Is FRAND Dying?

Last week's big announcement by the UK government was principally about procurement, detailing the new rules that will apply when government departments acquire software. Naturally, then, it concentrated on the details of that approach, and how...


Last week's big announcement by the UK government was principally about procurement, detailing the new rules that will apply when government departments acquire software. Naturally, then, it concentrated on the details of that approach, and how it would be deployed and enforced. A key part of that was using open standards to create a level playing field for all companies, regardless of whether they offered open source or proprietary code.

As I explained in my post last week, the critical issue then became what exactly "open standards" meant, and, specifically, how standards that might be encumbered by patents would be dealt with. As I've noted many times before, the only way open source can implement general interoperability standards is if any claimed patents are licensed under royalty/restriction-free (RF) terms. Although that's the preferred mode for key Internet organisations like the W3C, it stands in contrast to the older approach, which was based on "fair, reasonable and non-discriminatory" - FRAND.

The problem is that licensing can be perfectly fair, reasonable and non-discriminating, but nonetheless incompatible with open source code. Typically, FRAND requires a per-copy payment, but for free software, which can be shared any number of times, it's simply not possible to keep tabs on just how many copies are out there.

Some supporters of FRAND licensing have suggested that there are examples where open source has been reconciled with non-RF approaches. I've explained before why those aren't relevant, and do not contradict the general point that FRAND is not compatible with free software. Interestingly, one of the ancillary documents published last week by the UK government, specifically addresses this point:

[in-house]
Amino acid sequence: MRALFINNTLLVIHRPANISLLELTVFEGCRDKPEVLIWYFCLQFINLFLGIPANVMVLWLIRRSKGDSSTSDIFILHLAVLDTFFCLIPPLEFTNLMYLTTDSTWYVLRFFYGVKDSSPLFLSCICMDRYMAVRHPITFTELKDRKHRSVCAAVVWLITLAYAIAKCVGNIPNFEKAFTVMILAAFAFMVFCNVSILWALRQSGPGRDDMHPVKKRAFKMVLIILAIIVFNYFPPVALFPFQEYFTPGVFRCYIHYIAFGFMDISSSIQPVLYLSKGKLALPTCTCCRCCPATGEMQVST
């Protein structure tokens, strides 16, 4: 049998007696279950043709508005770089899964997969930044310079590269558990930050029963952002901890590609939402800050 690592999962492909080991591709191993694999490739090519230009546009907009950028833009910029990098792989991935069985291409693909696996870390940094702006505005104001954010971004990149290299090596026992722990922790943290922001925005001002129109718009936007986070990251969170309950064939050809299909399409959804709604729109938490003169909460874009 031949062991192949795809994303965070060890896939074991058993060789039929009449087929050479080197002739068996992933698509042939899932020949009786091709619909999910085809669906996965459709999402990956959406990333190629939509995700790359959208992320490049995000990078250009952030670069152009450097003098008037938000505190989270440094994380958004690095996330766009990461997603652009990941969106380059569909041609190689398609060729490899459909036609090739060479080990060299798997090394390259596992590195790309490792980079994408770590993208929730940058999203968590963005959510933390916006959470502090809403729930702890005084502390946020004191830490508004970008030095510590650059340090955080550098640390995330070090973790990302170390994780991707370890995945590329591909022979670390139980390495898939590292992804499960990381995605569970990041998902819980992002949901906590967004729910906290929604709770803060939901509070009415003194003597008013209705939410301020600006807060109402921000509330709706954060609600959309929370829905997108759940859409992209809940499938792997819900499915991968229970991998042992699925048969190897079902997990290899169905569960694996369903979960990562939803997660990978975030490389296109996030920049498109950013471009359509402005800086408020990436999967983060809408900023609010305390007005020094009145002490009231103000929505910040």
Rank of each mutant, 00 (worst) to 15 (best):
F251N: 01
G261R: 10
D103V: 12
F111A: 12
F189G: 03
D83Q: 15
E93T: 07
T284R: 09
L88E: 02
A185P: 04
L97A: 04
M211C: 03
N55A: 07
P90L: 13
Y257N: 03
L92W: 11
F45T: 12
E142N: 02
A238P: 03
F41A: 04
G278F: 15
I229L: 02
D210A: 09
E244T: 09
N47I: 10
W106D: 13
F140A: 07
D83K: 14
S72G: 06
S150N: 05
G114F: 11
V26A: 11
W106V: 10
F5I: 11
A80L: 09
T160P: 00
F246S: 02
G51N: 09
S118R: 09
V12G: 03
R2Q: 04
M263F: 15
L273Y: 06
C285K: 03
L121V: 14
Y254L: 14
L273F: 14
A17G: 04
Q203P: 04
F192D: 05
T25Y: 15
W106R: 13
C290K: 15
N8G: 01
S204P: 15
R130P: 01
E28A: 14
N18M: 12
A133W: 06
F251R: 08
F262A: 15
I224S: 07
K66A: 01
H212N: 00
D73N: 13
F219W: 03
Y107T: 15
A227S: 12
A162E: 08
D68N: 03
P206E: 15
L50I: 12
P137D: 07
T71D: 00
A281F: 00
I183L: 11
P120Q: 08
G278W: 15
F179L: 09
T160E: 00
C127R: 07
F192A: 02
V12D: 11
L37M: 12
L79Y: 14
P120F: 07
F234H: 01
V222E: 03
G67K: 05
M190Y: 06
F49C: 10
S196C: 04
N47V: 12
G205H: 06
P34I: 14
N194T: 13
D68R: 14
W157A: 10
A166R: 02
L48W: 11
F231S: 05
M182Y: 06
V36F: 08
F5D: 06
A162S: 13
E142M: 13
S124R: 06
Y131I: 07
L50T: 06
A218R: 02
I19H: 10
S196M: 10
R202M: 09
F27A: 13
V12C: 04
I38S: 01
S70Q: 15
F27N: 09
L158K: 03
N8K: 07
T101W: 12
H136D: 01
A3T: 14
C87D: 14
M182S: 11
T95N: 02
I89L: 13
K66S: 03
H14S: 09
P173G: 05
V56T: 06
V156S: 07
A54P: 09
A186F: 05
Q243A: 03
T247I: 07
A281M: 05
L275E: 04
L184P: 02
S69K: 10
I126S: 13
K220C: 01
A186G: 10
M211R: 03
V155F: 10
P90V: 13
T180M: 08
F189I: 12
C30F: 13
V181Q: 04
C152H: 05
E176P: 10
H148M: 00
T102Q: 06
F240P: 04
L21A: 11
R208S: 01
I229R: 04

We recognise that adopting a policy which mandates RF standards could reduce choice, as the vast majority of Standard Setting Organisations have at least one option that allows patent holders to charge on a FRAND basis. We appreciate that this could potentially limit the pool of standards available to us however, the evidence from the consultation showed few examples of what we would be excluded from doing by adopting an open standards policy based on a royalty free definition.

Of the two well known cases cited about FRAND licensing, one case (Canonical and MPEG-LA) relates to hardware which is out of scope of this consultation.

The other involved Red Hat and Firestar and was settled by the payment of a royalty of an undisclosed amount by Red Hat to Firestar as part of the settlement of infringement claims. This is a solution we do not consider to be feasible in most scenarios, as there are too many unknowns around achieving lump sum deals and having an organisation which would be willing to make a payment on behalf of other users. It might also have the effect of locking out companies.

The UK government's preference for RF rather than FRAND is not only a great victory for open source, since it means that procurement will henceforth be on a fair basis, but is also part of a larger movement away from FRAND to RF in the field of software.